Chemotherapy for mesothelioma patients has been notoriously difficult and the cancer continues to be overwhelmingly unresponsive to such treatment in many cases. However, researchers and scientists have been continually investigating new techniques that involve adjusting how chemotherapy reacts on a cellular level. A study published in the Frontiers in Pharmacology examines a specific enzyme that is believed to cause increased cellular growth in mesothelioma patients and studies how its blockage can provide mesothelioma patients with chemotherapy that is actually effective.
AXL is a gene that encodes receptor tyrosine kinase to block the action of an enzyme. It can be found on the surface of cells and acts as a defense, protecting the cells from anything deemed abnormal, including chemotherapy treatments. In mesothelioma patients, AXL kinase expression is high, so chemotherapy treatments are not as effective in this already aggressive cancer. Additionally, asbestos and chemotherapy can produce increased reactive oxygen species molecules which can also result in high AXL expression. Scientists and researchers from the University of Kansas, New Mexico, and Hungry investigated AXL inhibitor BGB324 to determine if lowering AXL gene expression would allow the patient to be more responsive to first line chemotherapy treatments cisplatin and pemetrexed. Inhibitor BGB324 has been used in lung cancer and acute myeloid leukemia patients and has showed favorable results.
When introduced to mesothelioma cells, the cells became more responsive to the chemotherapy treatment, especially when the cells were introduced to BGB324 before chemotherapy was administered. This suggests that a chemotherapy regimen combined with AXL inhibition can increase effectiveness of cisplatin and pemetrexed in mesothelioma. Often times, chemotherapy is the first line of treatment to be applied to mesothelioma patients because of how advanced the disease typically is by the time it is diagnosed. Surgery is one of the more successful treatments, but unfortunately it can only be the most effective in the early stages of mesothelioma.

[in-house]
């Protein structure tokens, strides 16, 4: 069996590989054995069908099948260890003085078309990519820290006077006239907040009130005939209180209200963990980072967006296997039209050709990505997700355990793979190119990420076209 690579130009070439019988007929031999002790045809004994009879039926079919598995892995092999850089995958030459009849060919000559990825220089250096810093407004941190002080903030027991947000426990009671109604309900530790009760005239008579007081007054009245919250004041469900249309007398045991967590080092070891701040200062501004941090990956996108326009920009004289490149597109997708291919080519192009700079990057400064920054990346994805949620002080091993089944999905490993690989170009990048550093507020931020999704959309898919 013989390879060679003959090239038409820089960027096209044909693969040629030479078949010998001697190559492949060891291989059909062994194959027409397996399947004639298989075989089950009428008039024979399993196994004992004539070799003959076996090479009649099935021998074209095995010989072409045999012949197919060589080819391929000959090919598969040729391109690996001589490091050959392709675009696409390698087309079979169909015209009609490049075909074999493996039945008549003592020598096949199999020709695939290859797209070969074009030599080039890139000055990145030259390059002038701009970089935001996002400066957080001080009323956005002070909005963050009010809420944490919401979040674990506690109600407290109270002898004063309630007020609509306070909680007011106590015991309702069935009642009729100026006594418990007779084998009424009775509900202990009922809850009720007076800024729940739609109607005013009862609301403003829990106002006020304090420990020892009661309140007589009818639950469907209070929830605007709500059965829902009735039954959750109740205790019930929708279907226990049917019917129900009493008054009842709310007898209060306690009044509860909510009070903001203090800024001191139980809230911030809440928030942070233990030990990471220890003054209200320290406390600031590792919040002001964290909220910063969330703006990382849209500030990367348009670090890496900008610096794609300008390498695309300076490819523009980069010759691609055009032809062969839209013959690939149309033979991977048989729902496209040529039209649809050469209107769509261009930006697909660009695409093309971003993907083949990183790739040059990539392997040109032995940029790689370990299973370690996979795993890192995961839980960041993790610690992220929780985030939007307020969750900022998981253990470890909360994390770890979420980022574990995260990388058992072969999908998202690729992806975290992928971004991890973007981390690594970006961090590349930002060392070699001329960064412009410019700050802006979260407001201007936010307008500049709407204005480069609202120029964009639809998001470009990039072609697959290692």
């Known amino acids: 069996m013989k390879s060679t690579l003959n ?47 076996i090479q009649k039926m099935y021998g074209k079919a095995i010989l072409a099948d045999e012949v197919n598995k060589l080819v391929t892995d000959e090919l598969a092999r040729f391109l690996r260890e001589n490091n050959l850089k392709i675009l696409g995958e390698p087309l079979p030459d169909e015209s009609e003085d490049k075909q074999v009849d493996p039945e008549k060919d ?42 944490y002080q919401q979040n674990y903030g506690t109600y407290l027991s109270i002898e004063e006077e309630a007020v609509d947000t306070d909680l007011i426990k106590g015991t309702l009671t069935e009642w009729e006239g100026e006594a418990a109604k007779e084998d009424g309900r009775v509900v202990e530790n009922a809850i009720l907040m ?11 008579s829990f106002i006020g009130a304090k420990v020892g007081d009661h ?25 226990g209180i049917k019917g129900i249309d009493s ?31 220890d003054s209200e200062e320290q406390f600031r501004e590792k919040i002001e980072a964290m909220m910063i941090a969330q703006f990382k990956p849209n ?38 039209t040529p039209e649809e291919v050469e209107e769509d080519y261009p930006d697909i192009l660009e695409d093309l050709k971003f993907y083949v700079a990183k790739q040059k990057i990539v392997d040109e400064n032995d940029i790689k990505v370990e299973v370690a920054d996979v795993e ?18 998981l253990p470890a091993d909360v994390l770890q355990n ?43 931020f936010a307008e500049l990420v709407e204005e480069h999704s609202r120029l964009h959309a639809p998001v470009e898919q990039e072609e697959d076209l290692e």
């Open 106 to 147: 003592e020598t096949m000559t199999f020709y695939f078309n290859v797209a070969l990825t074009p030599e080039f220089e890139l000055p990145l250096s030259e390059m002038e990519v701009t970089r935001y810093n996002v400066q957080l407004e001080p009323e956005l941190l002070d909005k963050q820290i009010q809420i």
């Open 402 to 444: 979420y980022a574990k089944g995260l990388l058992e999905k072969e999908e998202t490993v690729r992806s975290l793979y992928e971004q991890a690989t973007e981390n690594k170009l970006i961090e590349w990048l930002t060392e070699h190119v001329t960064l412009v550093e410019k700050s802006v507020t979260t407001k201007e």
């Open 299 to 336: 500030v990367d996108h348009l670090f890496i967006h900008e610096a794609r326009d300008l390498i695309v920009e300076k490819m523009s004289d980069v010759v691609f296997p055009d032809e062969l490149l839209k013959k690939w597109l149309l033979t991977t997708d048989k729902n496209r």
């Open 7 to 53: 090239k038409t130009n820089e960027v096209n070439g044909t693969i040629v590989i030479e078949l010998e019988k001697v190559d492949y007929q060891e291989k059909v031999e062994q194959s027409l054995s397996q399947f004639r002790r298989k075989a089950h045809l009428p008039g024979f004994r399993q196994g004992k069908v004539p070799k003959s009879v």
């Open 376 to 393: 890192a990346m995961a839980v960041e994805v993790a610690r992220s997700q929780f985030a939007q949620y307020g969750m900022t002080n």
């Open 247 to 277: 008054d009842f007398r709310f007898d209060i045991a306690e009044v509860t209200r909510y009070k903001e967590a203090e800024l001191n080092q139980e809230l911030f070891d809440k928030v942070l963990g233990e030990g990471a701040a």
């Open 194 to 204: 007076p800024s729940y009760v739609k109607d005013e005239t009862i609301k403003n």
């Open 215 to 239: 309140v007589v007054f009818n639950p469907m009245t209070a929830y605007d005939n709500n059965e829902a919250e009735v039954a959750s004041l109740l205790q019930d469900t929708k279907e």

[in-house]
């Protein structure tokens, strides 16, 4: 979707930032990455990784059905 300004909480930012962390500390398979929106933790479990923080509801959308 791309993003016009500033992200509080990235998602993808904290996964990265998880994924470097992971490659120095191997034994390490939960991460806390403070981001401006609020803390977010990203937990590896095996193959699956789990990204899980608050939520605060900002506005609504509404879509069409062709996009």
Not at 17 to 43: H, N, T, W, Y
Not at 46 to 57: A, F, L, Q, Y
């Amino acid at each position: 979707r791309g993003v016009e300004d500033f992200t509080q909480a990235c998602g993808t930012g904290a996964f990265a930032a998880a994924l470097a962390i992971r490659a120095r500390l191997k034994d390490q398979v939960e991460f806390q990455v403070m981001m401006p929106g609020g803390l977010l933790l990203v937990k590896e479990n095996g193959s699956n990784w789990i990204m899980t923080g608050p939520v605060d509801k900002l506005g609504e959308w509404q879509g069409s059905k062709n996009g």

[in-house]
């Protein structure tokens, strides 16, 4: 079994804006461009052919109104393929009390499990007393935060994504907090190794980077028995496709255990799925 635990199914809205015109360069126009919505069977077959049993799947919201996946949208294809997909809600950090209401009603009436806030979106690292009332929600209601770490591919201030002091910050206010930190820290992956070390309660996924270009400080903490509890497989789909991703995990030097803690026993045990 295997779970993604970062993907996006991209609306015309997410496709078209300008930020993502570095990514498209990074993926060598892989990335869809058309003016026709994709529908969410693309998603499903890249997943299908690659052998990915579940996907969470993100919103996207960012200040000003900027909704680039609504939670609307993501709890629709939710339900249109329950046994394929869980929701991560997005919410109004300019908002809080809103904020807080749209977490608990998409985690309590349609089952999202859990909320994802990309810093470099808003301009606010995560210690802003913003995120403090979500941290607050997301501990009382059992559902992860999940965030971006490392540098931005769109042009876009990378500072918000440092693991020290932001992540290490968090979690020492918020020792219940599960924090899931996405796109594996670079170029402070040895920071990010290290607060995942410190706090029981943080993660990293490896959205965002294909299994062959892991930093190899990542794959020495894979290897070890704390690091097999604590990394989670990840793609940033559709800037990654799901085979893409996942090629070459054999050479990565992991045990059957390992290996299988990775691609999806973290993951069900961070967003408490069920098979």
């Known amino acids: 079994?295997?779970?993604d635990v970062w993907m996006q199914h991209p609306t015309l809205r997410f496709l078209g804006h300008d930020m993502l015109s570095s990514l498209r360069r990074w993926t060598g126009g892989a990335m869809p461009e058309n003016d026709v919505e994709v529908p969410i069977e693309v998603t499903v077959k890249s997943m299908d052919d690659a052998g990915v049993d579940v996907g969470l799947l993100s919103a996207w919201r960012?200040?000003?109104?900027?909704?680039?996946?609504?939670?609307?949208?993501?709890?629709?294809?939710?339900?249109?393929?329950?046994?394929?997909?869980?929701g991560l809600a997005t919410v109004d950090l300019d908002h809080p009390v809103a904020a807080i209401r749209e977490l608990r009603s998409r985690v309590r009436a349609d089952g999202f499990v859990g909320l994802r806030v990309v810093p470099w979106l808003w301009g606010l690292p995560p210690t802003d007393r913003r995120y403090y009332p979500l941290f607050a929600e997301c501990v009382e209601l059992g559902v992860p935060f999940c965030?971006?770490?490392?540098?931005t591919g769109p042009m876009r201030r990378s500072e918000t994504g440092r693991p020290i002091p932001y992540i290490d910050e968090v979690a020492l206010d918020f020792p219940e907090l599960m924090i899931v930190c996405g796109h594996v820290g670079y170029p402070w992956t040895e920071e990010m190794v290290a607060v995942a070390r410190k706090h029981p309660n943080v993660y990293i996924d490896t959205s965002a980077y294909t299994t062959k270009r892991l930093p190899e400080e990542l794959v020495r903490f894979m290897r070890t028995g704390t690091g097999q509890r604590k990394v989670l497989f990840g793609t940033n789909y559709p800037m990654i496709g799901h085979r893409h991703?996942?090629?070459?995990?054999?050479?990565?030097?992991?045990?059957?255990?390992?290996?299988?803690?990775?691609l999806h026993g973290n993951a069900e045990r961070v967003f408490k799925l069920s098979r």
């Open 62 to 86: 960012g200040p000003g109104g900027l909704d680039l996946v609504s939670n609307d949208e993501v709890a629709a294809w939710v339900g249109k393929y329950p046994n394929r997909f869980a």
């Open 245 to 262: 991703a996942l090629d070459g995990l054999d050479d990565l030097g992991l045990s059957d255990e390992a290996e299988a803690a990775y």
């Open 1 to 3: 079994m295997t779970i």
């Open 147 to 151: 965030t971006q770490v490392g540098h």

A mesothelioma diagnosis typically occurs decades after initial exposure, some upwards of 40 years. Those suffering are more often than not the elderly, and in a position where they are not able to fight cancer as well as they might have been able to be at a much younger age. Chemotherapy can be effective, but its overall toll on the body can leave the patient in a weakened state. Treatments that help boost the positive effects of chemotherapy are obviously favorable, and by inhibiting AXL, those beneficial effects are highlighted.
Oien, DB, et al, “Cisplatin and Pemetrexed Activate AXL and AXL Inhibitor BGB324 Enhances Mesothelioma Cell Death from Chemotherapy,” Frontiers in Pharmacology (January 11, 2018). [Link]